• You are still participating in your employer’s retirement plan
• You don’t own more than 5 percent of your employer’s company.
If you have a 401(k) and a traditional IRA, note that it is possible, under this rule, to have RMDs due from the IRA but not from the 401(k).
In subsequent years, though, after the year in which you begin to take your RMDs, you don’t have to take them by April 1. Instead, you can take them at any time during the calendar year.
For accounts not subject to RMDs
You do not have to take RMDs on Roth IRAs, designated Roth Accounts in retirement plans, assets not held within a traditional IRA, SEP, SIMPLE or other tax-deferred, qualified plan. You may have to take them, however, if you contribute to a Section 457 plan.
You do not have to take RMDs on cash value in permanent life insurance policies, such as whole life or universal life policies.
Rules for Multiple Plans
You must take the required RMD from each of your employer retirement plans. Each RMD is calculated separately, and you must take something from each account subject to RMD rules if the RMD requirement applies in your situation.
For IRAs, however, you can add up the total balances from all your IRAs and then draw them down in whatever order or combination you see fit.
There are special rules for surviving spouses and beneficiaries of retirement accounts. Spouses who are the sole designated beneficiary can choose from among the following options:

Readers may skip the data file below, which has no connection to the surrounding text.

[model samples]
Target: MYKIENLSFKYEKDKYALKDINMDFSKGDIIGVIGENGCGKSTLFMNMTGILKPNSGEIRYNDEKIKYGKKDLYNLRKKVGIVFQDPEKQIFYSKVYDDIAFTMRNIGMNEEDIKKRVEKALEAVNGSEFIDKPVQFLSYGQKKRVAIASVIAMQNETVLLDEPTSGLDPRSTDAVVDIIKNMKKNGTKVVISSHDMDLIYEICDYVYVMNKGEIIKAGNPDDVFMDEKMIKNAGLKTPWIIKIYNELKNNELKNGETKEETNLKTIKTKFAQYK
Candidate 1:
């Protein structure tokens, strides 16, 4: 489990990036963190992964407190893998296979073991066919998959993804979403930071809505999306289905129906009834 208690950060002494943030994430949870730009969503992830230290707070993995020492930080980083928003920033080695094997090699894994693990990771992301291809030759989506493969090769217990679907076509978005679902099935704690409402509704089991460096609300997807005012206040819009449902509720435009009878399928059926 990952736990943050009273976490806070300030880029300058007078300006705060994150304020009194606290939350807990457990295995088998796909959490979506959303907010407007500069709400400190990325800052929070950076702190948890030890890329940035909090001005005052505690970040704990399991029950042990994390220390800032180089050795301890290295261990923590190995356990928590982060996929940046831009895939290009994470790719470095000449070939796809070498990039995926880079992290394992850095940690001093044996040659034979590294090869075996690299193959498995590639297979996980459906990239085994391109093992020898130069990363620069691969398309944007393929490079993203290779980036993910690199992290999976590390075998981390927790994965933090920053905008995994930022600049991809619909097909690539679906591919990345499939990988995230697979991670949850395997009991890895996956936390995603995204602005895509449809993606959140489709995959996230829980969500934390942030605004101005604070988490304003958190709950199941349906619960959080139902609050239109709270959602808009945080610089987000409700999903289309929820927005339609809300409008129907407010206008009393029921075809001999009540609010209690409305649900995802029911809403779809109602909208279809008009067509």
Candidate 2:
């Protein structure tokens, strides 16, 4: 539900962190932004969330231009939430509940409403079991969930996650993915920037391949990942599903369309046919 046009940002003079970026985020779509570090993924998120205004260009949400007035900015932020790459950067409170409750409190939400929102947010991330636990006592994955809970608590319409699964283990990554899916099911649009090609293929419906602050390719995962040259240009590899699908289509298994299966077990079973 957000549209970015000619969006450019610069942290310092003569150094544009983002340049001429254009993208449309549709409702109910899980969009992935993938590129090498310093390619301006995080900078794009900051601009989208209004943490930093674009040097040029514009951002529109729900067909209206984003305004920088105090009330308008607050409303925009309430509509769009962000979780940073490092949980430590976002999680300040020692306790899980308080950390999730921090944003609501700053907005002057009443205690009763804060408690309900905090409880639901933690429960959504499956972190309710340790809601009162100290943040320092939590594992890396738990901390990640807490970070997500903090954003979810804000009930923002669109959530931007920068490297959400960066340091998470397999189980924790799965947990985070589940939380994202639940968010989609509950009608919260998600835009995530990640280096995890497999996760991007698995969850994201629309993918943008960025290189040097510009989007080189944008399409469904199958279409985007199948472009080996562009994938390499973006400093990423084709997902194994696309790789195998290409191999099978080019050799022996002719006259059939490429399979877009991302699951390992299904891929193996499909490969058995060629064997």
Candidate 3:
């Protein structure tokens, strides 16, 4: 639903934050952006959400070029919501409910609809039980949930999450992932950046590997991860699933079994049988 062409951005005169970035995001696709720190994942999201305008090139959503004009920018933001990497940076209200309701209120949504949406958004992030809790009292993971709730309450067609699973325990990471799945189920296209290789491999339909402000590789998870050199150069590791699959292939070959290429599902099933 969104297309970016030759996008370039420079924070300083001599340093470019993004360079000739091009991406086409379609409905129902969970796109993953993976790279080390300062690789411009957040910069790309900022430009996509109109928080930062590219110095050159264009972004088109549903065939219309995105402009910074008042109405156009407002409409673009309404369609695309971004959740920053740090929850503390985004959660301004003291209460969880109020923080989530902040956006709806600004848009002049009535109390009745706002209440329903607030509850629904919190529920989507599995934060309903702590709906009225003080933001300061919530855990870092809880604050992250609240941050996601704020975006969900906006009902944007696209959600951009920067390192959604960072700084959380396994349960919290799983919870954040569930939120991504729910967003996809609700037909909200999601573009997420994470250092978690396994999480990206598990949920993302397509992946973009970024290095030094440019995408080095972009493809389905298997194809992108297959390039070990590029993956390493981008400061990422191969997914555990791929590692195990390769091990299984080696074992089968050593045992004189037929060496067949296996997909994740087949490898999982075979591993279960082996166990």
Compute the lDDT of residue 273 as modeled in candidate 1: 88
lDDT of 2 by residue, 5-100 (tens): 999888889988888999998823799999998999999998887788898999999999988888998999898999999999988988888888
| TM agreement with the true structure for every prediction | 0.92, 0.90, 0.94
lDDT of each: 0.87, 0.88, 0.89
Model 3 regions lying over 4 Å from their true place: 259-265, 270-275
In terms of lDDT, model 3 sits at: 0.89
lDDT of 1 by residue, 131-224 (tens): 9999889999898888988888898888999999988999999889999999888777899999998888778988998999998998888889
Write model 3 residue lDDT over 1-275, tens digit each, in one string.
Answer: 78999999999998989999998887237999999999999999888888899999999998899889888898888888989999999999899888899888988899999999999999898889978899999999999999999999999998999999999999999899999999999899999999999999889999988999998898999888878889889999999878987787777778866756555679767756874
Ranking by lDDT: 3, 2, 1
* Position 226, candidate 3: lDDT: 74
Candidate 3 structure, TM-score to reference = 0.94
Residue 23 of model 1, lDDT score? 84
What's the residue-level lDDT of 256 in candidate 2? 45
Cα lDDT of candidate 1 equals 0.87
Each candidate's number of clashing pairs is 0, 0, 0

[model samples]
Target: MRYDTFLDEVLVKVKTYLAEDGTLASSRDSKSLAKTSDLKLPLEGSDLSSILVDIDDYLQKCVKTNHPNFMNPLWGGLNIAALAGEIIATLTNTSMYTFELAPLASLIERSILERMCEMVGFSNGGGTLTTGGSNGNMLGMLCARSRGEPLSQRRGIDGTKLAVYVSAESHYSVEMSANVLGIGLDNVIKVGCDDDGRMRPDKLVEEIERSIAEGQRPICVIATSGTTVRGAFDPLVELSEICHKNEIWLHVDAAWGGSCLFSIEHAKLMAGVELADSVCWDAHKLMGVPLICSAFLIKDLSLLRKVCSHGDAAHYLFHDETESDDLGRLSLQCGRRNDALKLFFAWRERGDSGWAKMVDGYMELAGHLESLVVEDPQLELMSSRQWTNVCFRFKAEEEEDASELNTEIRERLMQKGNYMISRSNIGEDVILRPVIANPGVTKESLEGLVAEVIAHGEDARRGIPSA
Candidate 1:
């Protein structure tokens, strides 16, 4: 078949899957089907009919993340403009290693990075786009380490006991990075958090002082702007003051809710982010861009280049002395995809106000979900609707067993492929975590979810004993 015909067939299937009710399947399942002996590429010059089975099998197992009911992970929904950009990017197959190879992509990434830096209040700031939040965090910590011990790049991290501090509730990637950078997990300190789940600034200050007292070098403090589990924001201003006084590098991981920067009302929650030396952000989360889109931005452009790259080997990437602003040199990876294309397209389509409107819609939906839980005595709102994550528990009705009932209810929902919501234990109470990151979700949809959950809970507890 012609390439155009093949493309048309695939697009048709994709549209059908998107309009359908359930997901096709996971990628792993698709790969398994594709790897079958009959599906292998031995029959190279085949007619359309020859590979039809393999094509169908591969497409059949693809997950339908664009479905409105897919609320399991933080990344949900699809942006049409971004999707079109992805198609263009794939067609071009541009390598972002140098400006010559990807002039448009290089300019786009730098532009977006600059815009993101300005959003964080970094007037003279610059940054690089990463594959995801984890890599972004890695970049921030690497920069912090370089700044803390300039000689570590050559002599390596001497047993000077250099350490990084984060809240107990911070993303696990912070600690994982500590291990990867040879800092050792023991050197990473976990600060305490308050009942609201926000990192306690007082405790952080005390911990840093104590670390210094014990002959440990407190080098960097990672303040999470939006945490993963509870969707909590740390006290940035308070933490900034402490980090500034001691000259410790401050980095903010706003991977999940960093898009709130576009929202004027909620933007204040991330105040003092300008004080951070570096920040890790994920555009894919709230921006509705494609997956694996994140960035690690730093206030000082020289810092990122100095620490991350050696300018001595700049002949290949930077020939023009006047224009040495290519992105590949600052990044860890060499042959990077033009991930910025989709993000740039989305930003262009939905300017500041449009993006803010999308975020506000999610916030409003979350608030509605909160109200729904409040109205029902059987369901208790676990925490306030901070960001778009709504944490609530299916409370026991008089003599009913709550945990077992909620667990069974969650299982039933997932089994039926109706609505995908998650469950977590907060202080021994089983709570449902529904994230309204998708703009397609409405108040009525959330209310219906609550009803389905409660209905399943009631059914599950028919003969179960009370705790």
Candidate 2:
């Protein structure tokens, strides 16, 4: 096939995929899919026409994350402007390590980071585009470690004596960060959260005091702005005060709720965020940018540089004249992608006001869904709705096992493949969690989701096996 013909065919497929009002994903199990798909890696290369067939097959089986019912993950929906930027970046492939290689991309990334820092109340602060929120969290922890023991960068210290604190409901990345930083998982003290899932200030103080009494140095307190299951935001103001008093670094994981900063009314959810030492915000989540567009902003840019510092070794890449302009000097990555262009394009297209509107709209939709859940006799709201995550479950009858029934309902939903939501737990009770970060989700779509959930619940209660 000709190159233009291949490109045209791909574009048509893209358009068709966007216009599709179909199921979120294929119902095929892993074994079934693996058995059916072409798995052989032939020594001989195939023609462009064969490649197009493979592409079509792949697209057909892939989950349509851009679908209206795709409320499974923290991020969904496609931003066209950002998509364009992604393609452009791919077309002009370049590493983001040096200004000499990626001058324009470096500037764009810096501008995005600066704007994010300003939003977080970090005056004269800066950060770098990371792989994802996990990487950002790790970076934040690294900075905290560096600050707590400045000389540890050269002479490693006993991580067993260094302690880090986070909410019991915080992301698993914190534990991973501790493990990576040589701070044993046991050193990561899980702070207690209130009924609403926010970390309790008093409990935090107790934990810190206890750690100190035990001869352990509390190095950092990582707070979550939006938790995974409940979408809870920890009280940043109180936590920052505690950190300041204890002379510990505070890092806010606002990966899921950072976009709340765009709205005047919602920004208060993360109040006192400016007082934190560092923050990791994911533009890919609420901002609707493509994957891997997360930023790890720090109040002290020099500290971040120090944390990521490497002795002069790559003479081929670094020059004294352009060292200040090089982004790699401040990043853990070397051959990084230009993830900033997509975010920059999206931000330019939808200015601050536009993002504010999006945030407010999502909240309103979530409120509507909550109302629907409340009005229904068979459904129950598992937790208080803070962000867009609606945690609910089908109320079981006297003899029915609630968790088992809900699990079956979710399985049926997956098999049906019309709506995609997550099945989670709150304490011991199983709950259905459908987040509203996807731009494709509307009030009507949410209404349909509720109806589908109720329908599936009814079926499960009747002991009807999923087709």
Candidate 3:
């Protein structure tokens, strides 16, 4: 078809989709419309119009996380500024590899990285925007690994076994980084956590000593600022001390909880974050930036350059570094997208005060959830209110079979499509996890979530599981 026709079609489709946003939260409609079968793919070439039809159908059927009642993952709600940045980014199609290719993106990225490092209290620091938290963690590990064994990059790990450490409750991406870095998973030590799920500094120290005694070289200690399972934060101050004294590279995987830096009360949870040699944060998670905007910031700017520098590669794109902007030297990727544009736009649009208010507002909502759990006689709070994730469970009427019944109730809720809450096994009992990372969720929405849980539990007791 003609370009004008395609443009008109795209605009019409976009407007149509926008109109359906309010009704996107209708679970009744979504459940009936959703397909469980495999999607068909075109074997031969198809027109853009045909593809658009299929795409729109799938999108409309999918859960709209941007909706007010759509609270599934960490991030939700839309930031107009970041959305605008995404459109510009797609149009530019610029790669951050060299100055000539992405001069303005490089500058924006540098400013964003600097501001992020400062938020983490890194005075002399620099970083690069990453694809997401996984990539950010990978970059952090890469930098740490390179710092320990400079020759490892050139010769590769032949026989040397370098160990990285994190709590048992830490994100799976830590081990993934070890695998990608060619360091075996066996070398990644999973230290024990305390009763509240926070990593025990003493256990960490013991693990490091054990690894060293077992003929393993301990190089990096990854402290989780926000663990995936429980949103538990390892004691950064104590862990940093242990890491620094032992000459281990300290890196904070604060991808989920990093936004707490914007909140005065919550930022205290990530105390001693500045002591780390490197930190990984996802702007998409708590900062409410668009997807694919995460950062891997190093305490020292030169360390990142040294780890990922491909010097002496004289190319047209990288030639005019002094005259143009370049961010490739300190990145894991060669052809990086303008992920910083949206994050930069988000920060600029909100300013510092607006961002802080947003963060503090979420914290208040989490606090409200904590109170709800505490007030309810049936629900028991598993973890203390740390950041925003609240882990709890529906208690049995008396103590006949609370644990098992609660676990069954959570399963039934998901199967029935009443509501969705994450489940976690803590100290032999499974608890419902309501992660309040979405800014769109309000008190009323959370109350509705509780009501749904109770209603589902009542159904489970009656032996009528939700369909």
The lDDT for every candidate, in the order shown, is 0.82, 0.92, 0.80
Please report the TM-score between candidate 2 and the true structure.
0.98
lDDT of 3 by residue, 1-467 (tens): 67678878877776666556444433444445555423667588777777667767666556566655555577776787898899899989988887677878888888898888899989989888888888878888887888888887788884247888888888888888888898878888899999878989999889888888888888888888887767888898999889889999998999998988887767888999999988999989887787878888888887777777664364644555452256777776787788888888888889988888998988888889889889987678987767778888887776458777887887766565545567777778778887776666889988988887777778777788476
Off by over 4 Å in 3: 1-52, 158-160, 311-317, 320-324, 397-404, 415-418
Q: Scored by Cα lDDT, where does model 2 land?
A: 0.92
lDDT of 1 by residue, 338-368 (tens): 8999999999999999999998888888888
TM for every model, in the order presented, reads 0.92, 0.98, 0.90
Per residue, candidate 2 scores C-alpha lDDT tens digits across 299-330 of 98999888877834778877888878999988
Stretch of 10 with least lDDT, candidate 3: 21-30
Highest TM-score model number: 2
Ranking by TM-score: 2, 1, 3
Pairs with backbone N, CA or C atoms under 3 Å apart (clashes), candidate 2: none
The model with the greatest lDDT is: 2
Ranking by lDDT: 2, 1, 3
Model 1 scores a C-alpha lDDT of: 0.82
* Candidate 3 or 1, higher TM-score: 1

• Treat your late spouse’s IRA as your own,
• Base RMDs on your own current age,
• Base RMDs on your late spouse’s age at death, reducing the distribution period by one each year, or
• Withdraw the entire account balance by the end of the fifth year following the account owner’s death, if the account owner died before the required beginning date.
If the account owner died before the required beginning date, the surviving spouse can wait until the owner would have turned 70½ to begin receiving RMDs. This rule prevents widows and widowers from being penalized by the death of a spouse.
Special Rules for non-spouse beneficiaries
Individual beneficiaries other than a spouse have the following options:
You can withdraw the entire account balance by the end of the fifth year following the account owner’s death, if the account owner died before the required beginning date, or
• Calculate RMDs using the distribution period from the Single Life Table.
o If the owner died after RMDs began, the longer of the: beneficiary’s remaining life expectancy determined in the year following the year of the owner’s death reduced by one for each subsequent year, or the owner’s remaining life expectancy at death, reduced by one for each subsequent year.
• If the account owner died before RMDs began, the beneficiary’s age at year-end following the year of the owner’s death, reducing the distribution period by one for each subsequent year.
The IRS has devised one of their most severe penalties in the entire tax code for the failure to take RMDs. Specifically, if you do not take your RMD for the year, the IRS will penalize you 50 percent of the amount you should have taken. If you believe you may have failed to take an RMD, you must file a Form 5329 with the IRS with payment.
IRS rules can be complicated and A SafeHarbor, LLC can help you navigate through the complexities of all the questions or additional information you may need. Should you have any questions or require additional information please email me at [email protected] or call my office at 407-644-6466. Please consider taking advantage of the Qualified Charitable Distribution opportunity!
Bob Adams is president of A SafeHarbor, a firm specializing in assisting families in having a calm retirement when faced with stormy financial waters. Visit aSa- feHarbor.com or call 407-644-6646 for more information.